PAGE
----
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Global Citizenship - Is the world ready? Print E-mail

Thursday, 05 December 2013 00:00

Written by Michael Totten

You travel abroad regularly. You are equally at home in fast-paced Tokyo, laid back Rio de Janeiro, the glass and chrome of the City, and the contrasts of Mumbai. Home is where you hang your hat. Maybe you've started wondering how you can take it to the next level. Is it truly possible to become a citizen of the globe?  

Currencies move freely

Modern currency exchange is easy. The world foreign exchange market runs through $4 trillion US dollars every single day.

Most currencies move freely across borders, although there are limits to how much cash you are allowed to bring across. However, no one objects to your bringing credit cards instead. It's still a good idea to keep some cash on hand in local and "hard" currencies for small purchases and to keep the wheels moving smoothly.

A global bank will allow you to have multiple bank accounts, each in a different currency. This is the easiest way to minimize currency exchange fees.

For a few currencies, such as the renminbi, you have to plan ahead. Useful in-between destinations which recognize the renminbi are northern Thailand, Vietnam, and Laos. One trick is to keep a renminbi-currency account in Hong Kong and renminbi-based credit cards out of Macau. As of July 2010, the Chinese government has also loosened banking restrictions in Hong Kong.

People don't move freely

It's not always easy to cross borders. Those traveling on a US or European Union passport can cross most borders without the need for time-consuming visas, but not all.

If you have dual citizenship, you are also subject to both countries' laws regarding enemy states. For example, an Israeli citizen is not allowed to visit Lebanon, Saudi Arabia, or Syria without explicit permission from the Ministry of the Interior.

Even where you have a valid passport and visas, a border may be closed, especially in the Middle East, Africa, and Southeast Asia. The border closure may be just during a local holiday, or it may be of longer duration. Either way, it is wise to plan an alternate contingency route.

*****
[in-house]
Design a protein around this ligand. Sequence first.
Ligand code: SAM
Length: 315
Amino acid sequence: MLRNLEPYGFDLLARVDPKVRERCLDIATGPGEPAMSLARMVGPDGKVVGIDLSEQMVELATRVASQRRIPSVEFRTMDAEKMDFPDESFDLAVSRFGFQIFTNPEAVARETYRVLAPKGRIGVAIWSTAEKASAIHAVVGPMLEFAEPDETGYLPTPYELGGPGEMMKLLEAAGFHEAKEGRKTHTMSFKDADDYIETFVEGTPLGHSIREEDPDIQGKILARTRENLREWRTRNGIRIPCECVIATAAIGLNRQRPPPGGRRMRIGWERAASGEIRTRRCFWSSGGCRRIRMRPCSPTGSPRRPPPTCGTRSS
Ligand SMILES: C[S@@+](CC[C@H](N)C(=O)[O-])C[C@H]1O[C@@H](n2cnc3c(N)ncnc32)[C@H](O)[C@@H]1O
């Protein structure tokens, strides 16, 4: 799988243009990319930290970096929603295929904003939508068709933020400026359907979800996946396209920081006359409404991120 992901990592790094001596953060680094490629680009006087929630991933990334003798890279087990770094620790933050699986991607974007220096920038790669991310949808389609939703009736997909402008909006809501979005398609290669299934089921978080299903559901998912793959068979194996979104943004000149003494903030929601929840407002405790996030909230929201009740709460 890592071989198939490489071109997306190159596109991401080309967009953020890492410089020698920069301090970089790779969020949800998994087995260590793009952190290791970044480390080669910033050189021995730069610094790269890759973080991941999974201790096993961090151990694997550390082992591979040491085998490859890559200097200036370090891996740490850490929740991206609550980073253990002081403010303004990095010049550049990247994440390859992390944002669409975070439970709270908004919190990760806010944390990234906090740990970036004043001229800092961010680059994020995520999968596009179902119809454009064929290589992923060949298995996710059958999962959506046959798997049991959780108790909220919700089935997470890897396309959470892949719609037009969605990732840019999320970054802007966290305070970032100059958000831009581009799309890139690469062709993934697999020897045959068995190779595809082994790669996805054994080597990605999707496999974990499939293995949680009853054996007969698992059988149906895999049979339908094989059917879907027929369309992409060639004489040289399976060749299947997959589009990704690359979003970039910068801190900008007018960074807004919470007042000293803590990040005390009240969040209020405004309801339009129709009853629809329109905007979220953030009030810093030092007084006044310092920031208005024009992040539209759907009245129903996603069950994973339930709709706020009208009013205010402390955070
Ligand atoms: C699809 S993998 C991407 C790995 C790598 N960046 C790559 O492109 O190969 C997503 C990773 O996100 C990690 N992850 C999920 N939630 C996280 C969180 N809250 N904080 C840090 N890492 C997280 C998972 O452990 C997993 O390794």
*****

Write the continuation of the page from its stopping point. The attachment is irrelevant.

Each country has its own restrictions on what you may and may not bring in, and how much extra duty you have to pay. Even the registration of your car may become an issue, especially if permissions for foreigners to bring in foreign-registered vehicles have been suspended.

What does the future hold?

Although there are clear advantages to global citizenship, the world is a long way away from it. Modern security issues mean that more borders are restricted now than at any time since the Cold War. Yet there are signs that the public attitude may be changing.

The European Union has successfully abolished most border issues between its member nations. Those with EU passports can travel freely to any other EU country. Other regions of the world are watching the European experiment closely. Some, such as the Gulf Arab states, may follow suit.

The World Service Authority, a non-profit organization based out of the District of Columbia, is issuing "world passports" and asking national governments to accept them as if they were any other passport. Four countries have accepted: Ecuador, Mauritania, Tanzania, and Togo. Every other country has not. None of the developed world countries have signed on, and most have policy statements stating that WSA documents are not acceptable for crossing borders.


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